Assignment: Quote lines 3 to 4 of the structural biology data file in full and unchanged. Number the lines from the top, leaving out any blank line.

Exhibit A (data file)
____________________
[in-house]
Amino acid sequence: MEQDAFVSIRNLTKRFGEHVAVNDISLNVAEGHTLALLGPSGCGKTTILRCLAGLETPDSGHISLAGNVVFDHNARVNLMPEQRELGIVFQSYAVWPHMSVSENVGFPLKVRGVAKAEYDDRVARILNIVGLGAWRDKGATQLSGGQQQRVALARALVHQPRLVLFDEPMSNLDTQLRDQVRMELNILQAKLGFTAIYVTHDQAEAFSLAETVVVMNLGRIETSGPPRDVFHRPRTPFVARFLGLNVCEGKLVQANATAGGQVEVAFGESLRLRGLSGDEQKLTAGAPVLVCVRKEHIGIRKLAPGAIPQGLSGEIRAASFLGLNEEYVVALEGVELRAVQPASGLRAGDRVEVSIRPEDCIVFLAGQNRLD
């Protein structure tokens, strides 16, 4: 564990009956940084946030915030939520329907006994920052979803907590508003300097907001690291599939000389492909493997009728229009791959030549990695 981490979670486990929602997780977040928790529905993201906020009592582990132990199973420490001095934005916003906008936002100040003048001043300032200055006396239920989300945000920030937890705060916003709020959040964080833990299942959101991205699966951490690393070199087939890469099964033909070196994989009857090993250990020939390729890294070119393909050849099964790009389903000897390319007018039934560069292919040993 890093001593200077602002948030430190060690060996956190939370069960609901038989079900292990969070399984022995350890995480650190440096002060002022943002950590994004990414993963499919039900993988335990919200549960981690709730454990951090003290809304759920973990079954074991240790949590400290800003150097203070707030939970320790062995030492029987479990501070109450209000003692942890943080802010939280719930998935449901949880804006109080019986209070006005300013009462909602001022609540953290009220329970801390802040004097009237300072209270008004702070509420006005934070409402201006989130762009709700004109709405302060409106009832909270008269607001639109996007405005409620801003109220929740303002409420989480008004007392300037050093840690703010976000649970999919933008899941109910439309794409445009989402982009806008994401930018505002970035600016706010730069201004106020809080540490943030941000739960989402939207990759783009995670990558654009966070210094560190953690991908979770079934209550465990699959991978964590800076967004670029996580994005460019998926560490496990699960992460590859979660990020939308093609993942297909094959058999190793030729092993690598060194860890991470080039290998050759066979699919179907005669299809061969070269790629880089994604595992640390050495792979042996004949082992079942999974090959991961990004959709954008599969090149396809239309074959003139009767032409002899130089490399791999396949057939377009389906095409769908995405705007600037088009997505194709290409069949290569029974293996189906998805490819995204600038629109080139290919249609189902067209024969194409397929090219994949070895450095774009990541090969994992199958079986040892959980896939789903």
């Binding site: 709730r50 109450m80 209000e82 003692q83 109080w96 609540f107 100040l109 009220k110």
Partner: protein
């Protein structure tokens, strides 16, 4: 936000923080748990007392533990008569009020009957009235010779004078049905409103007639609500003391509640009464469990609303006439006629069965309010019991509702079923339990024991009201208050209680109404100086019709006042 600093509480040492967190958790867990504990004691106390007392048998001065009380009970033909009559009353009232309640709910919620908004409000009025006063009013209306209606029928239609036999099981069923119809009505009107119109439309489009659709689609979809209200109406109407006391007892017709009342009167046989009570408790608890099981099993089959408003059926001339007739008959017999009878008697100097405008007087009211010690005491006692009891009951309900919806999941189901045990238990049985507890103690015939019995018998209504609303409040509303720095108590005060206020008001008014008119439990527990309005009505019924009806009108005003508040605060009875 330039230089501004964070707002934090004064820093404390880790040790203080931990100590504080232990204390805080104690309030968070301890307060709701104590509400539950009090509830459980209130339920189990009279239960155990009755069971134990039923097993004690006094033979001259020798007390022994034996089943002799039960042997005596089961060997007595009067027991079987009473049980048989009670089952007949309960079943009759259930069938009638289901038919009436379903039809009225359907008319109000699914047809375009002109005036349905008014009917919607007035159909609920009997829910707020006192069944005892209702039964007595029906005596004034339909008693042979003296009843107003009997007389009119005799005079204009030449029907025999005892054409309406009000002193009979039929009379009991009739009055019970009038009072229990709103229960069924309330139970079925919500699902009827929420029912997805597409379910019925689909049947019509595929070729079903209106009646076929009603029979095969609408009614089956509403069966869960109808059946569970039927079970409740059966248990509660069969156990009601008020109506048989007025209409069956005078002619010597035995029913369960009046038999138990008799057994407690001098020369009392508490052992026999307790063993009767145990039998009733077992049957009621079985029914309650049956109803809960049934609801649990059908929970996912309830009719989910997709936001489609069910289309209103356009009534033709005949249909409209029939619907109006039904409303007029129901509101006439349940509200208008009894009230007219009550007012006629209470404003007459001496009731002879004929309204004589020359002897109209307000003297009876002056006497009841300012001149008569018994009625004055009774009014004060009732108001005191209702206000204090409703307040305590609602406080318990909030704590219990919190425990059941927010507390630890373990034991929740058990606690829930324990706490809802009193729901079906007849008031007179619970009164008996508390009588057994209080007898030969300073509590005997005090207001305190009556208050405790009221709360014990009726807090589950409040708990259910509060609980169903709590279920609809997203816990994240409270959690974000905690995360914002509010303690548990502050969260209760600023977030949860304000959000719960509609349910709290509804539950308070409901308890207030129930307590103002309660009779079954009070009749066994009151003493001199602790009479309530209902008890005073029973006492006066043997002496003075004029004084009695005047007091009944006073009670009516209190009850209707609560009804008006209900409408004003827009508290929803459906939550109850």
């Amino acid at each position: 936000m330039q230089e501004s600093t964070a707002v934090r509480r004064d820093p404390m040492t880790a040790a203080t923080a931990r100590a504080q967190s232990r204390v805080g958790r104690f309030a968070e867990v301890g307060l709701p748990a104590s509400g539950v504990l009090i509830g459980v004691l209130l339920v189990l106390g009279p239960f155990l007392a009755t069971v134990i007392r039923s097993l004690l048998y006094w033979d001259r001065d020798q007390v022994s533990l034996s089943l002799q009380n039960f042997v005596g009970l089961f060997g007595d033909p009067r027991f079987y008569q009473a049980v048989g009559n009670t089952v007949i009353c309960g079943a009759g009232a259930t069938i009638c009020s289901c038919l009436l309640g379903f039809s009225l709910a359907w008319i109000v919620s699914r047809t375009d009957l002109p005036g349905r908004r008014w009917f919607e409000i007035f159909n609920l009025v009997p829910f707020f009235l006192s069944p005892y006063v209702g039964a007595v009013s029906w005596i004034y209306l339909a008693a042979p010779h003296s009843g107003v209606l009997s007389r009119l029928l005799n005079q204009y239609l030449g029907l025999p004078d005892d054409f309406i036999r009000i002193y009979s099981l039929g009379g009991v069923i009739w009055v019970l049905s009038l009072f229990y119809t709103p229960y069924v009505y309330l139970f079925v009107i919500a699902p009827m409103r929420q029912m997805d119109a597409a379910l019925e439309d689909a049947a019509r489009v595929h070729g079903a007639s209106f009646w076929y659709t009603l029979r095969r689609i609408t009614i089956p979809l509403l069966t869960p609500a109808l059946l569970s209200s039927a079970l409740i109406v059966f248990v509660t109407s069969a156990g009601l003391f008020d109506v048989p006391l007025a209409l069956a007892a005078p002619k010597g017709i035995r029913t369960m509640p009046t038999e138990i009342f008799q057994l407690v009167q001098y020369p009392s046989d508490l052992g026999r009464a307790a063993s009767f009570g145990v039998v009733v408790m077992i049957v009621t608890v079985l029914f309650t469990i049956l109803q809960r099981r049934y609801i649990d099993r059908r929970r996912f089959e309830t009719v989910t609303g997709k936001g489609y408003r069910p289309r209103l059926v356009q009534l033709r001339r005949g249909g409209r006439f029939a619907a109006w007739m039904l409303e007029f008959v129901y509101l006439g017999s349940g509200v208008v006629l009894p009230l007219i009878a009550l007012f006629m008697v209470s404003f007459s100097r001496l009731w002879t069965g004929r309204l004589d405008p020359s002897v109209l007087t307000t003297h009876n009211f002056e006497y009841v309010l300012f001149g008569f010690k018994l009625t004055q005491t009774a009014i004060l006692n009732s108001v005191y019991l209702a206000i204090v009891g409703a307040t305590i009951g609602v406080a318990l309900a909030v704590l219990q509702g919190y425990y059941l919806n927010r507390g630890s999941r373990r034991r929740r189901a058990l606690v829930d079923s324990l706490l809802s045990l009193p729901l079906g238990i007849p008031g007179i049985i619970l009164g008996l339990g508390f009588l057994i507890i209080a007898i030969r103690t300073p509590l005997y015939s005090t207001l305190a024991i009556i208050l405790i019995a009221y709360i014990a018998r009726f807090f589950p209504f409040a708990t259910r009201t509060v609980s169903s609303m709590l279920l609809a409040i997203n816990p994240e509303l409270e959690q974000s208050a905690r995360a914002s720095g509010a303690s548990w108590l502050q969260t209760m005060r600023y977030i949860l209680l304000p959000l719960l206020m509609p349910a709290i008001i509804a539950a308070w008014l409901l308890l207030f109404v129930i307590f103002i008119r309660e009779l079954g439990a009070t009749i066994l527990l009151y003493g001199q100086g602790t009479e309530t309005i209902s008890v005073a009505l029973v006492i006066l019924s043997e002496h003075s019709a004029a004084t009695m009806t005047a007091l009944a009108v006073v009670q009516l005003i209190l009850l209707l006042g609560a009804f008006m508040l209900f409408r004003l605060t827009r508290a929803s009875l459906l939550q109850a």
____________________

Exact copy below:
């Protein structure tokens, strides 16, 4: 564990009956940084946030915030939520329907006994920052979803907590508003300097907001690291599939000389492909493997009728229009791959030549990695 981490979670486990929602997780977040928790529905993201906020009592582990132990199973420490001095934005916003906008936002100040003048001043300032200055006396239920989300945000920030937890705060916003709020959040964080833990299942959101991205699966951490690393070199087939890469099964033909070196994989009857090993250990020939390729890294070119393909050849099964790009389903000897390319007018039934560069292919040993 890093001593200077602002948030430190060690060996956190939370069960609901038989079900292990969070399984022995350890995480650190440096002060002022943002950590994004990414993963499919039900993988335990919200549960981690709730454990951090003290809304759920973990079954074991240790949590400290800003150097203070707030939970320790062995030492029987479990501070109450209000003692942890943080802010939280719930998935449901949880804006109080019986209070006005300013009462909602001022609540953290009220329970801390802040004097009237300072209270008004702070509420006005934070409402201006989130762009709700004109709405302060409106009832909270008269607001639109996007405005409620801003109220929740303002409420989480008004007392300037050093840690703010976000649970999919933008899941109910439309794409445009989402982009806008994401930018505002970035600016706010730069201004106020809080540490943030941000739960989402939207990759783009995670990558654009966070210094560190953690991908979770079934209550465990699959991978964590800076967004670029996580994005460019998926560490496990699960992460590859979660990020939308093609993942297909094959058999190793030729092993690598060194860890991470080039290998050759066979699919179907005669299809061969070269790629880089994604595992640390050495792979042996004949082992079942999974090959991961990004959709954008599969090149396809239309074959003139009767032409002899130089490399791999396949057939377009389906095409769908995405705007600037088009997505194709290409069949290569029974293996189906998805490819995204600038629109080139290919249609189902067209024969194409397929090219994949070895450095774009990541090969994992199958079986040892959980896939789903």
């Binding site: 709730r50 109450m80 209000e82 003692q83 109080w96 609540f107 100040l109 009220k110």